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Article
Testing for Measurement Invariance and Latent Mean Differences Across Methods: Interesting Incremental Information from Multitrait-Multimethod Studies
Frontiers in Psychology
  • Christian Geiser, Utah State University
  • G. Leonard Burns, Washington State University
  • Mateu Servera, University of Balearic Islands
Document Type
Article
Publisher
Frontiers Media
Publication Date
10-30-2014
Creative Commons License
Creative Commons Attribution 4.0
DOI
10.3389/fpsyg.2014.01216
Abstract

Models of confirmatory factor analysis (CFA) are frequently applied to examine the convergent validity of scores obtained from multiple raters or methods in so-called multitrait-multimethod (MTMM) investigations. We show that interesting incremental information about method effects can be gained from including mean structures and tests of MI across methods in MTMM models. We present a modeling framework for testing MI in the first step of a CFA-MTMM analysis. We also discuss the relevance of MI in the context of four more complex CFA-MTMM models with method factors. We focus on three recently developed multiple-indicator CFA-MTMM models for structurally different methods [the correlated traits-correlated (methods – 1), latent difference, and latent means models; Geiser et al., 2014a; Pohl and Steyer, 2010; Pohl et al., 2008] and one model for interchangeable methods (Eid et al., 2008). We demonstrate that some of these models require or imply MI by definition for a proper interpretation of trait or method factors, whereas others do not, and explain why MI may or may not be required in each model. We show that in the model for interchangeable methods, testing for MI is critical for determining whether methods can truly be seen as interchangeable. We illustrate the theoretical issues in an empirical application to an MTMM study of attention deficit and hyperactivity disorder (ADHD) with mother, father, and teacher ratings as methods.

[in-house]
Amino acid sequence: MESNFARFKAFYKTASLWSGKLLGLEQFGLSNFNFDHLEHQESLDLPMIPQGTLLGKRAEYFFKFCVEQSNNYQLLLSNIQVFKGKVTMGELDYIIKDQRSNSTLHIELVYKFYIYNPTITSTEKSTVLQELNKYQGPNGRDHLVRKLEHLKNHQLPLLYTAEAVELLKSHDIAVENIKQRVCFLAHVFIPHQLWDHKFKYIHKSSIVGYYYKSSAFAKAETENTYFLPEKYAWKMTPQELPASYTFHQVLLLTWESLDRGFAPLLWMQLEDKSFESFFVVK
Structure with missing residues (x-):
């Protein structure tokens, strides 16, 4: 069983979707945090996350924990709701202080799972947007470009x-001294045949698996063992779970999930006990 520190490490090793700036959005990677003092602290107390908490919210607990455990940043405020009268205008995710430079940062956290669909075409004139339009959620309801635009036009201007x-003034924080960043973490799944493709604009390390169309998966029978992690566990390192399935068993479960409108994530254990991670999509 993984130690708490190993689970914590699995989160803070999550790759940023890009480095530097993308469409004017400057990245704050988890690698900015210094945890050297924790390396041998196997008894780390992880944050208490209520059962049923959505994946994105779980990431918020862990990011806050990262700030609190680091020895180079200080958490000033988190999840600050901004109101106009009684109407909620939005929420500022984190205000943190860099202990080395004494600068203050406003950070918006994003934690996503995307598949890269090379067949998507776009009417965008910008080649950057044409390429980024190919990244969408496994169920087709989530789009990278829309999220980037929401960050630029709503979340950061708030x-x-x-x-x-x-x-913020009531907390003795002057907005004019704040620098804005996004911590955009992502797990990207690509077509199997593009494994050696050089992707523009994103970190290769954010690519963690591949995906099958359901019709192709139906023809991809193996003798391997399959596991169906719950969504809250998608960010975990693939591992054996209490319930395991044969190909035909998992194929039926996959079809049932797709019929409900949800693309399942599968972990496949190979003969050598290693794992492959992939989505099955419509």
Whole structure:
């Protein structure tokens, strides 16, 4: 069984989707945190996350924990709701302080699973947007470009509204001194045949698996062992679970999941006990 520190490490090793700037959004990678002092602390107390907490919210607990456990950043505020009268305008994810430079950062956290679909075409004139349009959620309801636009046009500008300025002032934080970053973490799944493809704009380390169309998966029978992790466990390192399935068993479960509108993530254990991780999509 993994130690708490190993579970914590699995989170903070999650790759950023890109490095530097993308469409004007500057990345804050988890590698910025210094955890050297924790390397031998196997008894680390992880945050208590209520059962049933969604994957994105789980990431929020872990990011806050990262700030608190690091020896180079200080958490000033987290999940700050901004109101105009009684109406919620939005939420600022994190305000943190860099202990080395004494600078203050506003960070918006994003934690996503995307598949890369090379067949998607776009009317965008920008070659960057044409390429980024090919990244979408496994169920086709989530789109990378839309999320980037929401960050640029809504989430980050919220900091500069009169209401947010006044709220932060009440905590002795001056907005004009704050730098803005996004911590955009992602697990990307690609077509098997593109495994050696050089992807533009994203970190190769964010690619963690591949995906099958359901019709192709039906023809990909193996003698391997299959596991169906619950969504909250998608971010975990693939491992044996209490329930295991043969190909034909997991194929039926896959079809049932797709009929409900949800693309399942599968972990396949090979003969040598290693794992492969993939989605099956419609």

Citation Information
Geiser C, Burns GL and Servera M (2014) Testing for measurement invariance and latent mean differences across methods: interesting incremental information from multitrait-multimethod studies. Front. Psychol. 5:1216. doi: 10.3389/fpsyg.2014.01216